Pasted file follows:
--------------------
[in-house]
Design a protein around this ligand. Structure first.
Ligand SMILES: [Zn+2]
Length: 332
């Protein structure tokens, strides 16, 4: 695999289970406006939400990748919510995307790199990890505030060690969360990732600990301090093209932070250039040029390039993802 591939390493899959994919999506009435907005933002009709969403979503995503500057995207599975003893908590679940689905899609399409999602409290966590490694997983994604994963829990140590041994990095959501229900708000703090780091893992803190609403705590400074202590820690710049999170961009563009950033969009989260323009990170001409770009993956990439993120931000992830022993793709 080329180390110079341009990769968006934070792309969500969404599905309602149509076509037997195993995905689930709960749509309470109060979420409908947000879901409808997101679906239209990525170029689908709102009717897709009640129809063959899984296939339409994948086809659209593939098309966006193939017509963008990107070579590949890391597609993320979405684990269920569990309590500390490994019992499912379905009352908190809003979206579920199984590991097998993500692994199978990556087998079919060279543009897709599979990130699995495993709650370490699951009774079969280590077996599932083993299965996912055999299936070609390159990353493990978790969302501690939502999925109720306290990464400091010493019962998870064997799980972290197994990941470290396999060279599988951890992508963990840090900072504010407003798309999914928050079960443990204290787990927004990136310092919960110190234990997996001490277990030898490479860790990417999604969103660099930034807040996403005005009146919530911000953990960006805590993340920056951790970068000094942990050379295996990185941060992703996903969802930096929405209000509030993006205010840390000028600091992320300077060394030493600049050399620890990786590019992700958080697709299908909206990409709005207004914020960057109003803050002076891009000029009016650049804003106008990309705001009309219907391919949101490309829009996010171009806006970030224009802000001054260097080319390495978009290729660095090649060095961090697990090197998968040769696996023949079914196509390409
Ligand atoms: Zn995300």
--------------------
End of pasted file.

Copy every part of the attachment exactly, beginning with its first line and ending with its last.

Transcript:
[in-house]
Design a protein around this ligand. Structure first.
Ligand SMILES: [Zn+2]
Length: 332
């Protein structure tokens, strides 16, 4: 695999289970406006939400990748919510995307790199990890505030060690969360990732600990301090093209932070250039040029390039993802 591939390493899959994919999506009435907005933002009709969403979503995503500057995207599975003893908590679940689905899609399409999602409290966590490694997983994604994963829990140590041994990095959501229900708000703090780091893992803190609403705590400074202590820690710049999170961009563009950033969009989260323009990170001409770009993956990439993120931000992830022993793709 080329180390110079341009990769968006934070792309969500969404599905309602149509076509037997195993995905689930709960749509309470109060979420409908947000879901409808997101679906239209990525170029689908709102009717897709009640129809063959899984296939339409994948086809659209593939098309966006193939017509963008990107070579590949890391597609993320979405684990269920569990309590500390490994019992499912379905009352908190809003979206579920199984590991097998993500692994199978990556087998079919060279543009897709599979990130699995495993709650370490699951009774079969280590077996599932083993299965996912055999299936070609390159990353493990978790969302501690939502999925109720306290990464400091010493019962998870064997799980972290197994990941470290396999060279599988951890992508963990840090900072504010407003798309999914928050079960443990204290787990927004990136310092919960110190234990997996001490277990030898490479860790990417999604969103660099930034807040996403005005009146919530911000953990960006805590993340920056951790970068000094942990050379295996990185941060992703996903969802930096929405209000509030993006205010840390000028600091992320300077060394030493600049050399620890990786590019992700958080697709299908909206990409709005207004914020960057109003803050002076891009000029009016650049804003106008990309705001009309219907391919949101490309829009996010171009806006970030224009802000001054260097080319390495978009290729660095090649060095961090697990090197998968040769696996023949079914196509390409
Ligand atoms: Zn995300």